Asked if the decision to use Optus Stadium was “fraught with danger” given WA’s history of snap lockdowns at short notice and little community transmission of COVID-19, McLachlan said that danger applied in every state.
“Governments are making decisions very quickly … this is an uncertain environment. We are aware, wherever we are, that that is a risk,” he said.
“We make that decision with our eyes open and knowing that if things happened over there we could move and pivot.”
The AFL was prepared for a Perth finale but can’t confirm the relocation from Melbourne until the Victorian government gives consent to move Australia’s biggest sporting spectacle from the MCG, which is contracted to host the grand final until 2058.
That decision is unlikely to be confirmed until early next week, but the AFL has to be a step ahead if Perth was to host the season’s biggest games, due to quarantine requirements in WA.
Read the AFL statement below
The 60,000-capacity Optus Stadium will be the second consecutive venue in Australia to host the competition’s biggest day and other lead-up grand final events, after the pandemic forced the decider north to the Gabba in Brisbane last season.
However, with almost the entire eastern seaboard of Australia in lockdown or battling COVID-19 outbreaks – the most dire being NSW with runaway daily case numbers in the hundreds – the AFL is likely to bring the grand final west after consideration of bids from South Australia and Queensland.
WA has virtually no COVID-19 restrictions in place and a hard border with most eastern states as part of the state government’s hardline strategy to combat a virus outbreak.
McGowan said it was sad Victoria would miss hosting the grand final for the second straight year and reiterated safety was his number one priority.
“Our position remains that we hope Victoria – and all states currently impacted by COVID – are able to crush the Delta variant as soon as possible,” he said.
“If a decision is made by the AFL to move the grand final to Perth, we can assure the community that WA’s strict COVID-safe protocols and arrangements would be in place so that safety remains the top priority.
We will continue planning for the Grand Final to be held at the MCG … but continue to work with the WA Government on the contingency plans.
AFL CEO Gil McLachlan
“WA has some of the best facilities and the safest environment to host major events.
“The scale of an AFL grand final is not lost on WA, we are footy state after all. If we get the nod from the AFL, then we will certainly do the occasion justice.”
AFL minor premiers Melbourne and second-placed Geelong will travel to Perth after weekend qualifying finals as the league prepares for at least preliminary finals before a grand final in WA.
The Demons and Cats would be ready to quarantine in WA for the duration of the finals and play fixtures at Optus Stadium in week two against this weekend’s winners of the Bulldogs/Essendon and Swans/GWS elimination fixtures in Launceston, should they lose.
That scenario threatened to scuttle the proposed Bledisloe Cup Test in Perth on September 4, which Rugby NZ has agreed to reschedule after it called off the fixture set for Optus Stadium this weekend in a move that angered Rugby Australia officials and blindsided the WA government.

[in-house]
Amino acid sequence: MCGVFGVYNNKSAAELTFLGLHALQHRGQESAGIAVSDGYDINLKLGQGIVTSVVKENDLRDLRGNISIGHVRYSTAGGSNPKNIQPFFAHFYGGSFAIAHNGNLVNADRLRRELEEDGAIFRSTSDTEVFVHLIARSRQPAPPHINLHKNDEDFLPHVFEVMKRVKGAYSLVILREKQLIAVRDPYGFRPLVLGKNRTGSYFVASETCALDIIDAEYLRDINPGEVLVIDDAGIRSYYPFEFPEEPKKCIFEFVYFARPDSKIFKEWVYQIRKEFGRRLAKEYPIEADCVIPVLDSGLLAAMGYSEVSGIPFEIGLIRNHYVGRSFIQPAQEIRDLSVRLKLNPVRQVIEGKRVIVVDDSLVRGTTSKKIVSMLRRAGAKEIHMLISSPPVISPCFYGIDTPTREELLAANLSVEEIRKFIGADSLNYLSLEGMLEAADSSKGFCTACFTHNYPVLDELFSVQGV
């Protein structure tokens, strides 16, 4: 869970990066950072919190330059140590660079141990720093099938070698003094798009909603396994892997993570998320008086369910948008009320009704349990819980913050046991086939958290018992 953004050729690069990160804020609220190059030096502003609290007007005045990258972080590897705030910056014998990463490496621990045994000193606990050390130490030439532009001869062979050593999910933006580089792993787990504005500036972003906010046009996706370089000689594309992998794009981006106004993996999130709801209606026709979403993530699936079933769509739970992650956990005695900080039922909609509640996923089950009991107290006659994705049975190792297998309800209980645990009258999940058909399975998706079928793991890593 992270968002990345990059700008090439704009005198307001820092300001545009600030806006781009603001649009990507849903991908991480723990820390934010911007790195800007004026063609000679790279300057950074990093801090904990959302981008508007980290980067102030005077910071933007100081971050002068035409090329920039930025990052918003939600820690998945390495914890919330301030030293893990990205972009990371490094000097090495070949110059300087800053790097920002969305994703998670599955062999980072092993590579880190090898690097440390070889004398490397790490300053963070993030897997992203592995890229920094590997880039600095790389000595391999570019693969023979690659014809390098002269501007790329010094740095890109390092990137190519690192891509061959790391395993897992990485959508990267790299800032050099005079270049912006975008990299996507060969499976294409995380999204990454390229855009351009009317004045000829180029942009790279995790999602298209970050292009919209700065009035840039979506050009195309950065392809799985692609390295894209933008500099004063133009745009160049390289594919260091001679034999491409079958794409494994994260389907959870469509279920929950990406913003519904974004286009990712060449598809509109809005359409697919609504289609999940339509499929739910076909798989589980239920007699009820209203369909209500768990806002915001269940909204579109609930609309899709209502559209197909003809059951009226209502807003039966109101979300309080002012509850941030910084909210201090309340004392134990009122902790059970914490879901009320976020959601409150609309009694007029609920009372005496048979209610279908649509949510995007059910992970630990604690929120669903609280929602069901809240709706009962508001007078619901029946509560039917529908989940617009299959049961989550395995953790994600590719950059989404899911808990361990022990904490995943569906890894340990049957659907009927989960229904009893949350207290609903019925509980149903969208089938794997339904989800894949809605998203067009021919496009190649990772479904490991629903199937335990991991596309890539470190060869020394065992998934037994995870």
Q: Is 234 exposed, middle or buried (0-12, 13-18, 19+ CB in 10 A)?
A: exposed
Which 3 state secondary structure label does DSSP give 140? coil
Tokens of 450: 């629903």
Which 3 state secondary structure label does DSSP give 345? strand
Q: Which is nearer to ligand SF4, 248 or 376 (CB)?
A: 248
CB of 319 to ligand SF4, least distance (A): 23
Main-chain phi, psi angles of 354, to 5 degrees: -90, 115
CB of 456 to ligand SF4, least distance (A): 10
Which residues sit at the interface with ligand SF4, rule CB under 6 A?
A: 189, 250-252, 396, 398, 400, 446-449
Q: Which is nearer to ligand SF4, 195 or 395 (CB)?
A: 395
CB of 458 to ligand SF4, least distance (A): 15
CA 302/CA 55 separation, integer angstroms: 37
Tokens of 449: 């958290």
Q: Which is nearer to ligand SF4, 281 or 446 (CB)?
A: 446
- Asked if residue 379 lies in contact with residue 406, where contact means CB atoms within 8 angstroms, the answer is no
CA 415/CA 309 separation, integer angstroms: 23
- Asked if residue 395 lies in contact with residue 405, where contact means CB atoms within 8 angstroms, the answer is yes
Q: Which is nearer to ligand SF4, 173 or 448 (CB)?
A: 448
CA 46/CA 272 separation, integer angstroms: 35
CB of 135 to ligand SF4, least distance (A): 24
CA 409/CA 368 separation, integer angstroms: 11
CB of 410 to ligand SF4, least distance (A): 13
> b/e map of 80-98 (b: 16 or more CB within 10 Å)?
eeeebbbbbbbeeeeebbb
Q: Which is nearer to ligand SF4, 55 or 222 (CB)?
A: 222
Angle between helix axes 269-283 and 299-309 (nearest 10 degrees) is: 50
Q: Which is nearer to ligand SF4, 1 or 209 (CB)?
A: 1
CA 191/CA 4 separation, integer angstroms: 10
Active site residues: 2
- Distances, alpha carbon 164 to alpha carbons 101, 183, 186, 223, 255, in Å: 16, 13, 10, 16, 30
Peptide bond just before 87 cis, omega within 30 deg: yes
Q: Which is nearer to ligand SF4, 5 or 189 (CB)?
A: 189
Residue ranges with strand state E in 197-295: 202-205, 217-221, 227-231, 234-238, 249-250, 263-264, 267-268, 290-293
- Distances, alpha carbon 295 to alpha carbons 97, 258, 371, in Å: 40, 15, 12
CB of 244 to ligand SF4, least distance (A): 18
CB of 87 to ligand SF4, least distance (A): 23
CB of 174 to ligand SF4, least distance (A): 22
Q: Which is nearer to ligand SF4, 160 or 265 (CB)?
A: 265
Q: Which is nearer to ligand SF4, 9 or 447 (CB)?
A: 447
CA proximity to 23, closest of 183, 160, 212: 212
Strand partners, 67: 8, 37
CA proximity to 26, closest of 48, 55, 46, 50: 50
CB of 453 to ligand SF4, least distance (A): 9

But sources with knowledge of negotiations said on Wednesday the Bledisloe Test could be played at Optus Stadium on Sunday, September 5, with a clash of codes avoided due to the $1.8 billion venue’s multi-purpose design, which can transform to accommodate different codes across a weekend.
Optus Stadium chief executive Mike McKenna said the state-of-the-art stadium, recognised widely as one of the world’s best spectator venues, was designed to give management flexibility to host a range of events within a limited timeframe.
“The great advantage that we have with Optus Stadium is a design which gives us the ability to host different sporting events, requiring different configurations and with a totally new audience, in a short space of time,” he told WAtoday.
“We experienced moving from AFL mode to football mode with the 24-hour turnaround between an AFL game and the Chelsea versus Perth Glory game.
In May 2019, staff from stadium operator VenuesLive and contractors worked overtime to transform it from an AFL venue to a soccer one in 48 hours for the A-League grand final between Perth Glory and Sydney FC.
The cross-code ‘double header’ meant catering, operational and ground staff were as active behind the scenes as the professionals on the pitch.
Coincidentally, it was Melbourne in the AFL feature, against West Coast on a Friday night, a rematch of 2018’s AFL preliminary final, when the Eagles dusted the Demons to the tune of 66 points on their way to a fifth premiership.
The AFL said it had worked on contingency grand final plans with WA, SA and Queensland with the “blessing” of the Victorian government, with five key criteria – Safety, Integrity, Fans, Financial and Legacy – considered in the decision on the code’s biggest game.
“Optus Stadium in Perth ultimately was chosen as the preferred contingency based on the combination of the five key criteria and the ability to accommodate the greatest number of supporters,” the AFL statement said.
“The WA Government and Premier Mark McGowan have provided the AFL with a great backup plan, with Optus Stadium giving fans a great opportunity to attend if the match needs to move.
“We will continue planning for the Grand Final to be held at the MCG … but continue to work with the WA Government on the contingency plans.
“Adelaide Oval remains as a strong backup and the Queensland Government, which did not provide a formal presentation, has also offered their support if required after hosting the 2020 Grand Final.
“The support of all state governments and health officials throughout the season has allowed our game to continue throughout some really challenging circumstances.”